Yeast infections are especially itchy, crusty, and smelly. Often a dog starts with a rash or with simple itching but the skin thickens to an “elephant” skin appearance. The itch is extreme and the odor can be especially troublesome. Parts of the body or the entire body can be affected. Mostly dogs are affected but cats can get yeast infections as well. Yeasts are the spore-like forms of fungi; Malessezia dermatitis is a fungal infection of the skin.

Where would a dog get a yeast infection?

Malessezia Yeast happily live on most normal skin and in ears and anal glands. To get a yeast infection, conditions on the skin surface have to change to favor the proliferation of the yeasts. The yeasts in small normal numbers are harmless but when the yeasts are present in large numbers, disease results.

So what conditions lead to a yeast proliferation? An increase in skin oils (which often occurs in an allergic flare up) would be the most common situation. Sometimes there is an immune deficiency which allows the yeast proliferation. Some animals are battling seborrhea (excessive oil production of the skin) and thus are naturally predisposed to the yeast proliferation. Some animals are actually allergic to the yeasts themselves. The most important thing to realize is that yeast infections are not contagious but they tend to recur unless the underlying allergy, seborrhea, or whatever problem is controlled.

The following breeds are predisposed genetically to yeast infections: the West Highland White Terrier, Basset hound, Cocker spaniel, Silky terrier, Australian terrier, Maltese, Chihuahua, Poodle, Shetland sheepdog, Lhasa apso, and the dachshund.

How can this be confirmed?

There are several testing methods to confirm the overgrowth of yeasts:

  • Impression smear (pressing a microscope slide on the skin to collect yeast organisms)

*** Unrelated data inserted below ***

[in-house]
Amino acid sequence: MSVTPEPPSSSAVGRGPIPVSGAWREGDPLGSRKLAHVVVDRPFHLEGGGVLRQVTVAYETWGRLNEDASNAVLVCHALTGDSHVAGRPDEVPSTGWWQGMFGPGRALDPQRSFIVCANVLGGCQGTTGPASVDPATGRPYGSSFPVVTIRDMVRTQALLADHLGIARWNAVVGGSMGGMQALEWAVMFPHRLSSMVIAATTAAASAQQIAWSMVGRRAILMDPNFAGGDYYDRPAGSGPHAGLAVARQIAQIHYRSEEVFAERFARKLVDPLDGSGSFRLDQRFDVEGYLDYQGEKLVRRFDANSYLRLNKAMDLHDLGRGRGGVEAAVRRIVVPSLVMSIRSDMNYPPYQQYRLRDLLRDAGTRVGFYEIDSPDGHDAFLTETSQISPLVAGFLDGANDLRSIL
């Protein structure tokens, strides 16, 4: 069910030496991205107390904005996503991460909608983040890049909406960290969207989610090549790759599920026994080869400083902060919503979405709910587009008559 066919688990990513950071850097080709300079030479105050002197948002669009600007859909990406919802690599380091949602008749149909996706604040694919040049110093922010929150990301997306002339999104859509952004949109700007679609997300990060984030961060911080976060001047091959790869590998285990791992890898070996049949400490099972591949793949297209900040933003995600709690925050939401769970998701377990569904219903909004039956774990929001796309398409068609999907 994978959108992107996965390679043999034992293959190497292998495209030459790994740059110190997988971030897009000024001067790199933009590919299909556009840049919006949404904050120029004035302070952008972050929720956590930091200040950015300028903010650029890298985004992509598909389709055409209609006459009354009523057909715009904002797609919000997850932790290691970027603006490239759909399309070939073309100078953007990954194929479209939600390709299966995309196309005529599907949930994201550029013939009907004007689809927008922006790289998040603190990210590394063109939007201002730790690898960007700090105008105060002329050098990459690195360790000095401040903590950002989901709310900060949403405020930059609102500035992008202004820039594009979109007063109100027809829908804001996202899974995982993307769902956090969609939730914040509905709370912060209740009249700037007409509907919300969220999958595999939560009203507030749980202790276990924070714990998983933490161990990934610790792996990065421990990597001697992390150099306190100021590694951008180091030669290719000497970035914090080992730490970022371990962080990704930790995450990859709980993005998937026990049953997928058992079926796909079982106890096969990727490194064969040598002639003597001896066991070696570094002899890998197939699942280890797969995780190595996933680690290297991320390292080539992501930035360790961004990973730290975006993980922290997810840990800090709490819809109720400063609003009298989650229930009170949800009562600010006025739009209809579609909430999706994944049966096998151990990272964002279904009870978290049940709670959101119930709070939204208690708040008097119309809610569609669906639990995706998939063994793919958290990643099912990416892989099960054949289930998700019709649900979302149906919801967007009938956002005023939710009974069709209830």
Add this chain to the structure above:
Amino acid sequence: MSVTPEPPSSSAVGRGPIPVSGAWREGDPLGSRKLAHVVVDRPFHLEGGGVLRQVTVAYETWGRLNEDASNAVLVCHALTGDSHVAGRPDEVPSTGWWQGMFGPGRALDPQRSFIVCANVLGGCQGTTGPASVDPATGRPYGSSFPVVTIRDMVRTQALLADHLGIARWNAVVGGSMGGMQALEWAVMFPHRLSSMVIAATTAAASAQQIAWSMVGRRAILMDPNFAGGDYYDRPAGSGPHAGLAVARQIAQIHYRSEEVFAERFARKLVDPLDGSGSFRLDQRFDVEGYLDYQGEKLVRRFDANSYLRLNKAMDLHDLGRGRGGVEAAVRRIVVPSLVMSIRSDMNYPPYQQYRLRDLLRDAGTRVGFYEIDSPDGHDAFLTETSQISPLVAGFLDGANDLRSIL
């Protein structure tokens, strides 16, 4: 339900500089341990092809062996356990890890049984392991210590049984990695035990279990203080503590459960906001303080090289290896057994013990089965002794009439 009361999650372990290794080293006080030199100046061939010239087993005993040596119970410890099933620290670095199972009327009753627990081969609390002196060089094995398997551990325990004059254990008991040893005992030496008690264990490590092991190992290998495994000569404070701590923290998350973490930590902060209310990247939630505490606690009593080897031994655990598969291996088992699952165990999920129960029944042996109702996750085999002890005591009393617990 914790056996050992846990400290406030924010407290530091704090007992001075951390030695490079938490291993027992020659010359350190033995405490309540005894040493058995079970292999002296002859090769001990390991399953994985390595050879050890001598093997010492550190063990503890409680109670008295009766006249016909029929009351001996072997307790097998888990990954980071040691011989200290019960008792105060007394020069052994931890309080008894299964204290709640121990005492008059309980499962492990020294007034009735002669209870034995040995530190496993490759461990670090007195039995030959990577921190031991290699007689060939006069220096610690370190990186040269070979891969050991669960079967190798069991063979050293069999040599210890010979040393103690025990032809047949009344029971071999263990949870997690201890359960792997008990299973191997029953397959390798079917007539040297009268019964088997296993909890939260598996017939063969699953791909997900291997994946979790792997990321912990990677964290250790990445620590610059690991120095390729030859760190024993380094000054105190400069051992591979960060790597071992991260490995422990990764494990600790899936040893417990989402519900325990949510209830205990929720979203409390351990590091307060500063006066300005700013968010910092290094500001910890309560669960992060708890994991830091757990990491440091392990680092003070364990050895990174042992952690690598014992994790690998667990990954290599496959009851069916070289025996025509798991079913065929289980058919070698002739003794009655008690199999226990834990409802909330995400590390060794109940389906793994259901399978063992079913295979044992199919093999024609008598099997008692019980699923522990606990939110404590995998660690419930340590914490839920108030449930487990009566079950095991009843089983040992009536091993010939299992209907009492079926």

• Scotch tape sampling (pressing a piece of clear tape to the skin to collect yeast organisms)
  • Skin scraping with a blade (scraping the skin with a blade to collect yeast organisms)
  • Cotton swab (rubbing a moistened Q-tip on the skin to collect yeast organisms)
  • Skin Biopsy (removing a small plug of skin with a biopsy punch with a local anesthetic. This is the most invasive choice but provides substantially more diagnostic information)

Very few yeasts need to be seen under the microscope to confirm yeast infection.

How do our veterinarians treat malassezia infection?

Treatment can be topical, oral, or both. Topical treatment alone is not usually adequate but, since oral medications can be costly, topical management alone may be attempted first, especially if the pet is small enough for convenient frequent bathing or if only a small body area is involved.


While degreasing shampoos such as the benzoyl peroxide (oxydex®, pyoben®) and sulfur/salicylate (sebolyte®, sebolux®) shampoos will help remove the skin oils feeding the yeast, there are shampoos that are specifically anti-yeast. We prefer Malaket shampoo. The pet must be bathed twice a week to start and the shampoo requires a 15 minute contact time (meaning do not rinse the lather for 15 minutes).

Spot Treatments

If only a small area is involved, it is probably not necessary to bathe the entire animal. Special acetic acid wipes can be used to cleanse the affected area. Mixtures of vinegar and water can be used but the pet will develop a distinct vinegar odor.

Oral therapy

Ketoconazole (Nizoral®) rules when it comes to oral therapy. Typically a several week treatment is needed and there are numerous protocols involving different dosing schedules. Higher doses tend to be needed if recurrence is a problem. The extreme itch usually resolves within one week. This medication is expensive, especially in larger dogs, but often there is no way around its use.

Treatment of the Underlying Cause

It is important to realize that yeast overgrowth occurs in response to a primary problem be it allergy, seborrhea or something else. If the underlying problem is not controlled, yeast dermatitis is likely to periodically recur.